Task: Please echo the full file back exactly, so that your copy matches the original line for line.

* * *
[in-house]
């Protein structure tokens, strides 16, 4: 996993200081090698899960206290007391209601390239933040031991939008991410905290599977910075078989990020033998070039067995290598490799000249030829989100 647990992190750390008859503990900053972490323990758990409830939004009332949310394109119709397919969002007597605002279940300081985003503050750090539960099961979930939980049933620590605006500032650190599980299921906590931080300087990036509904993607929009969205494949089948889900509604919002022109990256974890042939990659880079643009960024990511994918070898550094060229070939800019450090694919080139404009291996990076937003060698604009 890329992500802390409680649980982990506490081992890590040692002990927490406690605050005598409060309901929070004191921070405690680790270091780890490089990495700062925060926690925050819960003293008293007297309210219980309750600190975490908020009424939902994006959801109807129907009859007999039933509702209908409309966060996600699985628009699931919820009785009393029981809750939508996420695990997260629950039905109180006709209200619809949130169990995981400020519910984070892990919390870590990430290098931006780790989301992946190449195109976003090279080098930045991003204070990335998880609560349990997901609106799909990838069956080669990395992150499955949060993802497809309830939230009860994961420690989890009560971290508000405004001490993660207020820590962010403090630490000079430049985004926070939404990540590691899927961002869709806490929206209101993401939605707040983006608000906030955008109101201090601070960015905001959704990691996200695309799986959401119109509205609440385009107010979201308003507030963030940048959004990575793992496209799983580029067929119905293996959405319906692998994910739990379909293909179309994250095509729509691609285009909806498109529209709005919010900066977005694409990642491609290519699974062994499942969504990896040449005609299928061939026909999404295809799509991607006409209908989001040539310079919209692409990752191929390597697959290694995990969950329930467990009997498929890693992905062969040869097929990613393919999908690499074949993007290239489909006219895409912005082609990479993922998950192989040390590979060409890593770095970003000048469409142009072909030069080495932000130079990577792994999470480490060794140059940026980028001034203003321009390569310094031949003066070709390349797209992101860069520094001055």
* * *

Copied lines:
[in-house]
């Protein structure tokens, strides 16, 4: 996993200081090698899960206290007391209601390239933040031991939008991410905290599977910075078989990020033998070039067995290598490799000249030829989100 647990992190750390008859503990900053972490323990758990409830939004009332949310394109119709397919969002007597605002279940300081985003503050750090539960099961979930939980049933620590605006500032650190599980299921906590931080300087990036509904993607929009969205494949089948889900509604919002022109990256974890042939990659880079643009960024990511994918070898550094060229070939800019450090694919080139404009291996990076937003060698604009 890329992500802390409680649980982990506490081992890590040692002990927490406690605050005598409060309901929070004191921070405690680790270091780890490089990495700062925060926690925050819960003293008293007297309210219980309750600190975490908020009424939902994006959801109807129907009859007999039933509702209908409309966060996600699985628009699931919820009785009393029981809750939508996420695990997260629950039905109180006709209200619809949130169990995981400020519910984070892990919390870590990430290098931006780790989301992946190449195109976003090279080098930045991003204070990335998880609560349990997901609106799909990838069956080669990395992150499955949060993802497809309830939230009860994961420690989890009560971290508000405004001490993660207020820590962010403090630490000079430049985004926070939404990540590691899927961002869709806490929206209101993401939605707040983006608000906030955008109101201090601070960015905001959704990691996200695309799986959401119109509205609440385009107010979201308003507030963030940048959004990575793992496209799983580029067929119905293996959405319906692998994910739990379909293909179309994250095509729509691609285009909806498109529209709005919010900066977005694409990642491609290519699974062994499942969504990896040449005609299928061939026909999404295809799509991607006409209908989001040539310079919209692409990752191929390597697959290694995990969950329930467990009997498929890693992905062969040869097929990613393919999908690499074949993007290239489909006219895409912005082609990479993922998950192989040390590979060409890593770095970003000048469409142009072909030069080495932000130079990577792994999470480490060794140059940026980028001034203003321009390569310094031949003066070709390349797209992101860069520094001055």